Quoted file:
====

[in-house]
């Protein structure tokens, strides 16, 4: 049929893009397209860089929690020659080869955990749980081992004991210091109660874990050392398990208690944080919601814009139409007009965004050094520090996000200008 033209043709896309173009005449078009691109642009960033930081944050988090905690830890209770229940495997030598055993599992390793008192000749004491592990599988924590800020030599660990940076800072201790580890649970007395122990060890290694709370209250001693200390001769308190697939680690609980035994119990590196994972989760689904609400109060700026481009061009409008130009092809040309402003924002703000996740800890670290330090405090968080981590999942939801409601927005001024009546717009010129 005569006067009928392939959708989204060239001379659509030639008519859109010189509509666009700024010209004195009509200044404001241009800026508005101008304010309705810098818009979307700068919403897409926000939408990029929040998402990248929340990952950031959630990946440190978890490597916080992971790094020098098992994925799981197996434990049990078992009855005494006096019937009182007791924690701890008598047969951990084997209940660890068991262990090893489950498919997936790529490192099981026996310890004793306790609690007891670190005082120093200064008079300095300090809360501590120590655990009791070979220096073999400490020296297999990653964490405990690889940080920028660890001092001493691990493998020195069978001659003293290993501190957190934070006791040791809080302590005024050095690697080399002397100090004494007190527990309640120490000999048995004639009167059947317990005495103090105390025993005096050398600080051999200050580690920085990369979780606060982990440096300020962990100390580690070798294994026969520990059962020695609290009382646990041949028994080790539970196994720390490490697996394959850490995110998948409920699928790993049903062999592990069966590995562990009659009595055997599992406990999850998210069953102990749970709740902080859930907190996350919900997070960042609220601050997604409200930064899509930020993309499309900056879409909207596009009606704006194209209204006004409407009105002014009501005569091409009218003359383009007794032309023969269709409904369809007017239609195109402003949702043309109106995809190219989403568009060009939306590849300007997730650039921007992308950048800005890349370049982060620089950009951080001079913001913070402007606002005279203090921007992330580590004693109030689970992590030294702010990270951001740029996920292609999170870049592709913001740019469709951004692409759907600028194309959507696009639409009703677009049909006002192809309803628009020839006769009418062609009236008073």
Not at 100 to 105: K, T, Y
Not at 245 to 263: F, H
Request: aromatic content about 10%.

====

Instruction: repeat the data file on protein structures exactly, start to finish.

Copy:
[in-house]
């Protein structure tokens, strides 16, 4: 049929893009397209860089929690020659080869955990749980081992004991210091109660874990050392398990208690944080919601814009139409007009965004050094520090996000200008 033209043709896309173009005449078009691109642009960033930081944050988090905690830890209770229940495997030598055993599992390793008192000749004491592990599988924590800020030599660990940076800072201790580890649970007395122990060890290694709370209250001693200390001769308190697939680690609980035994119990590196994972989760689904609400109060700026481009061009409008130009092809040309402003924002703000996740800890670290330090405090968080981590999942939801409601927005001024009546717009010129 005569006067009928392939959708989204060239001379659509030639008519859109010189509509666009700024010209004195009509200044404001241009800026508005101008304010309705810098818009979307700068919403897409926000939408990029929040998402990248929340990952950031959630990946440190978890490597916080992971790094020098098992994925799981197996434990049990078992009855005494006096019937009182007791924690701890008598047969951990084997209940660890068991262990090893489950498919997936790529490192099981026996310890004793306790609690007891670190005082120093200064008079300095300090809360501590120590655990009791070979220096073999400490020296297999990653964490405990690889940080920028660890001092001493691990493998020195069978001659003293290993501190957190934070006791040791809080302590005024050095690697080399002397100090004494007190527990309640120490000999048995004639009167059947317990005495103090105390025993005096050398600080051999200050580690920085990369979780606060982990440096300020962990100390580690070798294994026969520990059962020695609290009382646990041949028994080790539970196994720390490490697996394959850490995110998948409920699928790993049903062999592990069966590995562990009659009595055997599992406990999850998210069953102990749970709740902080859930907190996350919900997070960042609220601050997604409200930064899509930020993309499309900056879409909207596009009606704006194209209204006004409407009105002014009501005569091409009218003359383009007794032309023969269709409904369809007017239609195109402003949702043309109106995809190219989403568009060009939306590849300007997730650039921007992308950048800005890349370049982060620089950009951080001079913001913070402007606002005279203090921007992330580590004693109030689970992590030294702010990270951001740029996920292609999170870049592709913001740019469709951004692409759907600028194309959507696009639409009703677009049909006002192809309803628009020839006769009418062609009236008073």
Not at 100 to 105: K, T, Y
Not at 245 to 263: F, H
Request: aromatic content about 10%.